The whole night felt bizarre to Megan Taflinger.
It began when the announcer belted out her name in the starting lineup of Wichita State’s opener at Koch Arena and peaked when coach Chris Lamb, a volleyball savant, went out of his way to call her a future star after the Shockers’ victory.
This was all so strange to Taflinger, because if you would have asked her before her senior year of high school where she would be in three years, she would have told you her volleyball career would be over and she was an engineering major in college.
Now Taflinger, as a redshirt freshman, is a starting outside hitter in a WSU program that has played in the NCAA Tournament 10 of the last 11 years. Not only that, but Taflinger leads the Shockers (7-6, 2-0 AAC) in points and kills entering Saturday’s match at Tulsa (10-4, 2-0).
Some days Taflinger knew something like this was possible, but there are still days when she has to catch herself wondering how she got here.
“It’s still all so surreal,” Taflinger said. “It’s honestly hard to explain.”
Five teams in four years
Taflinger comes from a small city outside of Los Angeles named Leona Valley, population 1,607. As Lamb puts it, “she wasn’t really connected to the outside volleyball world.”
That explains why Taflinger bounced around five different club teams in four years “trying to find a club that could help find a college that would take me.”
Nothing worked. Going into her last year of high school, Taflinger’s best offer was from a Division II liberal arts school.
“I remember having a conversation with my parents and I was really upset because I didn’t think I was going to get to play volleyball in college,” Taflinger said. “If I had not been seen by WSU, I would have probably just gone to college as a student to be an engineer.”
As luck would have it, a college coach noticed Taflinger at a UCLA camp at the end of the summer and passed along the word to WSU coaches. It didn’t take long for Lamb to become convinced of Taflinger’s talent.
“It was obvious that Megan was fast off the floor and had an electric arm,” Lamb said. “She keeps the contact high and hitting balls deep is easy for her. You don’t see that stuff everywhere.”
Don’t think just because Taflinger continued her volleyball career that she gave up her aspirations as an engineer. In fact, now she is a double major at WSU in mechanical engineering and biomedical engineering.
All she wanted was a chance to keep playing volleyball and WSU has granted that wish.
“I’ve always been told my coaches that I should be able to play at a Division I level,” Taflinger said. “Whether that was for a 16th-ranked team or a 160th-ranked team, I didn’t know. But I always felt that if I just got a chance and I tried my best and put everything into it, then I would be able to help whatever team I was on.”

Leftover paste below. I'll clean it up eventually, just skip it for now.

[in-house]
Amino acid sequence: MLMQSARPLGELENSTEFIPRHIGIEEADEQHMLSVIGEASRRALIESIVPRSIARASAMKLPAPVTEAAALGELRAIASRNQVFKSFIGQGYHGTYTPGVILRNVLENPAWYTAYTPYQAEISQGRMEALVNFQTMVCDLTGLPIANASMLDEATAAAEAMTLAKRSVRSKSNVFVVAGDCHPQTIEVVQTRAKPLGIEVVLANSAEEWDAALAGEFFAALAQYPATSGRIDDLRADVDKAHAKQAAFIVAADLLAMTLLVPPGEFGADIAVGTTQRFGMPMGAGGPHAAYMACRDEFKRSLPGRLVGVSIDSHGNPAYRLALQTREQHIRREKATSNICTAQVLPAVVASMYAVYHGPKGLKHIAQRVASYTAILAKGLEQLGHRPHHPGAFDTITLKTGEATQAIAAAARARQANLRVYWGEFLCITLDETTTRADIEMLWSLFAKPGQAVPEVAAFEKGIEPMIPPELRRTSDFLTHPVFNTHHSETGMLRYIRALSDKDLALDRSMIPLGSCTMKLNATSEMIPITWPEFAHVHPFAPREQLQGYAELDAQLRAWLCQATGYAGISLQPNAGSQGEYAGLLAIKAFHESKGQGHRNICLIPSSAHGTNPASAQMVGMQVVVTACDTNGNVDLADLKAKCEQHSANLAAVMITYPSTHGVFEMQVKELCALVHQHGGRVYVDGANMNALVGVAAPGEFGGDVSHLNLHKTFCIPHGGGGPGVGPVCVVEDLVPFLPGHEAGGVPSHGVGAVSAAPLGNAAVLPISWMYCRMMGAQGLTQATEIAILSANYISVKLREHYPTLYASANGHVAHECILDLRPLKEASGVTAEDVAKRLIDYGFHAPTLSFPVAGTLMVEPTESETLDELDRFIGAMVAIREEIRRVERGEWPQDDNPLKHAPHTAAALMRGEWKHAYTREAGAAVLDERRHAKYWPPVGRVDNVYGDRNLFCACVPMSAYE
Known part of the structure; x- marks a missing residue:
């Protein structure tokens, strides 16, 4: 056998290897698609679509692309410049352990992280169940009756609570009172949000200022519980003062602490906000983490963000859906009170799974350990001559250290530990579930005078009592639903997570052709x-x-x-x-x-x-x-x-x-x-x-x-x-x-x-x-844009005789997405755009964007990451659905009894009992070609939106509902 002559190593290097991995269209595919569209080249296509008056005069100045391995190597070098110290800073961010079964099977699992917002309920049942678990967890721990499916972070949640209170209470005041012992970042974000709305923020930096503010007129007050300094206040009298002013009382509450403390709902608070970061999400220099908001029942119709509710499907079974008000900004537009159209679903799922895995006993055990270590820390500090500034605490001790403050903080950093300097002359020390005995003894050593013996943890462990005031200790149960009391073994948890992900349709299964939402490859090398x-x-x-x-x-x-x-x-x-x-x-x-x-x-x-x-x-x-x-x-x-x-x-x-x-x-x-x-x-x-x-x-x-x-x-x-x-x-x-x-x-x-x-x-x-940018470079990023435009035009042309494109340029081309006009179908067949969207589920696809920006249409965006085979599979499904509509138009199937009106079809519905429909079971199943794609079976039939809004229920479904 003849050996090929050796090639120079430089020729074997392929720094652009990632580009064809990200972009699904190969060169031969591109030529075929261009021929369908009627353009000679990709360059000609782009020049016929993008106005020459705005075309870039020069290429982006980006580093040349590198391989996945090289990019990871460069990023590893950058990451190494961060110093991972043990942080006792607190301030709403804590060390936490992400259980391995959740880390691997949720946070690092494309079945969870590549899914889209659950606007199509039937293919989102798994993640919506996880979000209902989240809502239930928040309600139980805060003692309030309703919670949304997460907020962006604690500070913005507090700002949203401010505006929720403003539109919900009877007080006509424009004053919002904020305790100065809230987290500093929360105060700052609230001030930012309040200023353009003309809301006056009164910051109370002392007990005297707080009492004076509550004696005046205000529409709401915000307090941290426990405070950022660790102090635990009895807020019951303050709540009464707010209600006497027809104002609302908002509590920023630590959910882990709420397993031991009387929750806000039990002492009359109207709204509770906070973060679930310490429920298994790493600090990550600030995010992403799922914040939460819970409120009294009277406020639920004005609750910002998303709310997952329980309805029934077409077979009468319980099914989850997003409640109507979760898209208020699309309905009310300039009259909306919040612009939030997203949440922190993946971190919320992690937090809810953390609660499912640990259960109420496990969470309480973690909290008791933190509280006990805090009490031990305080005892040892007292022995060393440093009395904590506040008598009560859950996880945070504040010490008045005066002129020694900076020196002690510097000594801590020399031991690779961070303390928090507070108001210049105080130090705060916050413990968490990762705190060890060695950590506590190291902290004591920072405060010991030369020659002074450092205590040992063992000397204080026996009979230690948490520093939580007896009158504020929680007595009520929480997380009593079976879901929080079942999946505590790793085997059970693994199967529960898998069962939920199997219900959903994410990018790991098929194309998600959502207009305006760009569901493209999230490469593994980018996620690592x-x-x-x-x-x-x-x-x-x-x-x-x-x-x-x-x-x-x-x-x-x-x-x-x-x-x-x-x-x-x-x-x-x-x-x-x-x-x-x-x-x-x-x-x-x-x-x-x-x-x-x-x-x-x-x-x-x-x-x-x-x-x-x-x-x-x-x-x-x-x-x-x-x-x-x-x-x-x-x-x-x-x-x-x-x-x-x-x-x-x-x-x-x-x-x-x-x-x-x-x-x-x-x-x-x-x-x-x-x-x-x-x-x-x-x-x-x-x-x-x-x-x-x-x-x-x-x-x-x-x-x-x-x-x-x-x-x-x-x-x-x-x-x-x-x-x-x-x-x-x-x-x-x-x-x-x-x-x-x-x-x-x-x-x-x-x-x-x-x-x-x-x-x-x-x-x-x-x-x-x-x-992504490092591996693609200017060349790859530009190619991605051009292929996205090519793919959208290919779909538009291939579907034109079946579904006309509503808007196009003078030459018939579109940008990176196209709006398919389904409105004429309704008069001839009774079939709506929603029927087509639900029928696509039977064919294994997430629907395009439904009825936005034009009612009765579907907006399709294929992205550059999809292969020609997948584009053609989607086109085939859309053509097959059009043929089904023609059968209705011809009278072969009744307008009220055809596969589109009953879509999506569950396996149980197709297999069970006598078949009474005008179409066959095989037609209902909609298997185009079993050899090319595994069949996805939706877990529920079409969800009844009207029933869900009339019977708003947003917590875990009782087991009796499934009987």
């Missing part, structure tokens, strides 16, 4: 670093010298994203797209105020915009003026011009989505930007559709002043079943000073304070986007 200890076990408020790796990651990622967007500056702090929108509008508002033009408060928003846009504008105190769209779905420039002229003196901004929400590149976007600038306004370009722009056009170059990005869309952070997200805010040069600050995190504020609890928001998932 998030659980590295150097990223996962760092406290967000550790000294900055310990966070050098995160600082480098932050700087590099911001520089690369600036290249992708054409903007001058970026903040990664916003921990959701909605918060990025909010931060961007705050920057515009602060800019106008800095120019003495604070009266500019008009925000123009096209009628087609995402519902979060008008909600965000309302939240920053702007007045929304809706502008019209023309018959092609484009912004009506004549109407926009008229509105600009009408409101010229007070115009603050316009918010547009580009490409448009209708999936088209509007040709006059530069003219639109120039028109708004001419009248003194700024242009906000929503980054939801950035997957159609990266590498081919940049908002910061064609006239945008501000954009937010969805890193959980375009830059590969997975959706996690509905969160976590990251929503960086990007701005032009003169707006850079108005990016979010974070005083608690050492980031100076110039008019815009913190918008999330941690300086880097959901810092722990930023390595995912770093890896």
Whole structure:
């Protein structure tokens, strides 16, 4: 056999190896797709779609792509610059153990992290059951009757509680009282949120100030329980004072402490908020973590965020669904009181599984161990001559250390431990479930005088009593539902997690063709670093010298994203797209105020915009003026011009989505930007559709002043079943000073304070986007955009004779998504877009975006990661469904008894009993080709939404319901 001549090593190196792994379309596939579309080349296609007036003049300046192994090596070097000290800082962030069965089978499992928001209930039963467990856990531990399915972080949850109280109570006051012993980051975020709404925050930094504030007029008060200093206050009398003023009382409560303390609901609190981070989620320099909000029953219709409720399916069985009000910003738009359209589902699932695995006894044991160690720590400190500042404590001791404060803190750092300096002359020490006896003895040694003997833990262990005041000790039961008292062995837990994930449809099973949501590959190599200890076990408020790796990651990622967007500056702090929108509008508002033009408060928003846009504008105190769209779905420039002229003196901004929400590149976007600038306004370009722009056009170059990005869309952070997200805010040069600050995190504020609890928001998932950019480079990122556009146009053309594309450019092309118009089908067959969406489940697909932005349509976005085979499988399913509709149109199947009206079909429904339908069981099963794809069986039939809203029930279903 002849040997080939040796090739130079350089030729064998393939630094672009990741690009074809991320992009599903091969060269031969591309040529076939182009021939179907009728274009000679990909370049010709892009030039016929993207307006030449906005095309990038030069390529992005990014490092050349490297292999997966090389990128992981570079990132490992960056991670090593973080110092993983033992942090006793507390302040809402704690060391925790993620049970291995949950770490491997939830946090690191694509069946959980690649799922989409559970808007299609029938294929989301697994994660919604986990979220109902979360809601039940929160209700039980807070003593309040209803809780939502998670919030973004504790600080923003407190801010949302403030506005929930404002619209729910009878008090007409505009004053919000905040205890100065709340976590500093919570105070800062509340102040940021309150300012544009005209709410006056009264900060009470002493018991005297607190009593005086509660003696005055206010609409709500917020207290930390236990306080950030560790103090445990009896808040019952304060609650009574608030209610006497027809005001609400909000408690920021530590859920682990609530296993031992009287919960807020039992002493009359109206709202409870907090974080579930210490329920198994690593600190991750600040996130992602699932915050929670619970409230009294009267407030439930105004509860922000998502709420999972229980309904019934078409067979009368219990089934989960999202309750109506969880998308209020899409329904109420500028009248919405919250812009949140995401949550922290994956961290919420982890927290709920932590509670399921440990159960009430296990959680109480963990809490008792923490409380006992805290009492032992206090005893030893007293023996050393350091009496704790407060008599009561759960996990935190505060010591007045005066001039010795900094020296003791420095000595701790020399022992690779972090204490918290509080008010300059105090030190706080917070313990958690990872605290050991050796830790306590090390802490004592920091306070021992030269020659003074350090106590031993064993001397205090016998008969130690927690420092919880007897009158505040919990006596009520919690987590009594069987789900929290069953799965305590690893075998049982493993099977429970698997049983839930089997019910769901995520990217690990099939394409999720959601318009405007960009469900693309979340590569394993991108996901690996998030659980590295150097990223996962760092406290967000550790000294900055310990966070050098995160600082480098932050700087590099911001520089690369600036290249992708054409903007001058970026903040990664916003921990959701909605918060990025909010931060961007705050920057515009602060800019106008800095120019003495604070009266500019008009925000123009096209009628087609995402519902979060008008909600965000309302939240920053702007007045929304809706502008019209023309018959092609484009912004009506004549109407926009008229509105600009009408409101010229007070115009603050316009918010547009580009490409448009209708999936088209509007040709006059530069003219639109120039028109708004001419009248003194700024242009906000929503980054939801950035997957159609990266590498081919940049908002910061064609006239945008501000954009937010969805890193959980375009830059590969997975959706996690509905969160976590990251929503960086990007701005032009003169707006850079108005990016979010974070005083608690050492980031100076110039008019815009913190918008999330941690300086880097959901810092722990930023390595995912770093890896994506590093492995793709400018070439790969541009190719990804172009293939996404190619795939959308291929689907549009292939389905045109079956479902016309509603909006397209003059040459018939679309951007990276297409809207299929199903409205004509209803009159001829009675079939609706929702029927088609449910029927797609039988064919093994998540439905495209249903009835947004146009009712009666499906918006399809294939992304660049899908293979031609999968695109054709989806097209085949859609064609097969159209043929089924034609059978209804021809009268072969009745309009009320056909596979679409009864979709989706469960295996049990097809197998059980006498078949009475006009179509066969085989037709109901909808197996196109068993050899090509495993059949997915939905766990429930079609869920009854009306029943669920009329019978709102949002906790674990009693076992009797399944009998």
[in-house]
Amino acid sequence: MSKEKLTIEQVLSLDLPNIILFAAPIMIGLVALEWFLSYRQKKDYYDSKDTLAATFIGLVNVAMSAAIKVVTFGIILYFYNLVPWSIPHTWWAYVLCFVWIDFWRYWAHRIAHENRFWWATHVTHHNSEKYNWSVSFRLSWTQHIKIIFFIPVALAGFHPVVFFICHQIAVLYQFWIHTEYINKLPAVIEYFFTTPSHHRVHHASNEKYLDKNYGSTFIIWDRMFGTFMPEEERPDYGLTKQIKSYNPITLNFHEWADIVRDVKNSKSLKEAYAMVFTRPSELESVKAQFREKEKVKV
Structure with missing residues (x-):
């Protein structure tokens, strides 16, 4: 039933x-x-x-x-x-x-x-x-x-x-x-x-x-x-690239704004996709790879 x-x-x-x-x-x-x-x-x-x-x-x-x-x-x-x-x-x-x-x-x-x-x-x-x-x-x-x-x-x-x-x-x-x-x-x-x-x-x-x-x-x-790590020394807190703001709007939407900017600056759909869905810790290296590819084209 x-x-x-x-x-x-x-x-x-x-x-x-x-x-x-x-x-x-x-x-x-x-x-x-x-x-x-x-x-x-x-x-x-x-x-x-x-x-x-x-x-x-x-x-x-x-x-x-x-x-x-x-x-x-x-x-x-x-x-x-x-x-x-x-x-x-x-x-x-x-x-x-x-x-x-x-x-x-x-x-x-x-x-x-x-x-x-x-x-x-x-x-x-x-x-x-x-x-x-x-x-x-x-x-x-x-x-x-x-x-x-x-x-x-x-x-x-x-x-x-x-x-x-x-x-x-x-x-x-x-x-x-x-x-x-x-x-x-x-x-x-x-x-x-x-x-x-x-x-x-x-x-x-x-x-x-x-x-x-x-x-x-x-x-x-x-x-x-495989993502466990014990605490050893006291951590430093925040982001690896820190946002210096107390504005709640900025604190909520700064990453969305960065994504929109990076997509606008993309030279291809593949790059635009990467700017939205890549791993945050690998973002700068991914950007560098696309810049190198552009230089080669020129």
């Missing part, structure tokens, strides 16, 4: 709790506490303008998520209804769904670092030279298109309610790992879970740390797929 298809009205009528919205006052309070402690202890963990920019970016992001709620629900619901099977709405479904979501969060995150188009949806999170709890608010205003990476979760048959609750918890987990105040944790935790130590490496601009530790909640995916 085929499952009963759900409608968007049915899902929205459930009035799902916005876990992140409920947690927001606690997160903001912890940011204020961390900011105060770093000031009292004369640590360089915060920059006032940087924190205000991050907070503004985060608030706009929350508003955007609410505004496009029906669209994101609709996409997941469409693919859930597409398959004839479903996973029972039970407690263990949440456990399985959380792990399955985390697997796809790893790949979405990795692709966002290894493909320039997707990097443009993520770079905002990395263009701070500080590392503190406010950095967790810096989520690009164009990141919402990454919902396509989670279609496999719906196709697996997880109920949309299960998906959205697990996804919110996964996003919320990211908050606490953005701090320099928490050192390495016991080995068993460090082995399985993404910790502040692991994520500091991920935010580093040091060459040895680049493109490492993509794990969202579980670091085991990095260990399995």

Grooming a future star
To those outside of the program, Taflinger seems like a breakout star.
In WSU’s first two conference matches, Taflinger is registering four kills per set. On the season, she’s putting balls down on nearly 40 percent of her swings. Against Tulane, Taflinger logged a career-high 13 digs.
Those are numbers Lamb would want from a veteran hitter. This is just Taflinger’s starting point.
“Every day that goes by that Megan is a six-rotation player, you’re just grooming a future star at Wichita State and those are hard to come by,” Lamb said.
Hearing that at a press conference was stunning to Taflinger, but it instilled confidence in her.
She came to WSU optimistic she could eventually make an impact. Now she’s beginning to realize she can become Lamb’s next great outside hitter.
“I think there’s a little part of every player that wants to be that superstar player,” Taflinger said. “I just have to keep working really hard and pushing and striving to be that kind of player, the kind of player that the setters want to go to.”
In her first season playing, Taflinger has already earned the trust from senior setter Kali Eaken. The two connected a season-high 15 times in a sweep over Memphis and 21 percent of Eaken’s assists on the season have gone to Taflinger.
“I always know I can set her and she’s going to take a rip at it,” Eaken said. “She’s not going to just fluff it over. That makes my job easier when I know I can give her the ball.”
Teammate Alex Koon, also an outside, marvels at Taflinger’s success in the air despite standing just 6-foot tall.
“She may not be the tallest, but when she gets up in the air she’s the tallest,” Koon said.
To everyone else, Taflinger’s success comes as no surprise. They recognized her talent early on.
Sometimes it feels that way to Taflinger herself, but most days she’s just happy to be here: a double major who is able to keep playing the sport she loves.
“I didn’t think any of this was possible my senior year,” Taflinger said. “But to be here and to see it actually come to life has been so amazing.”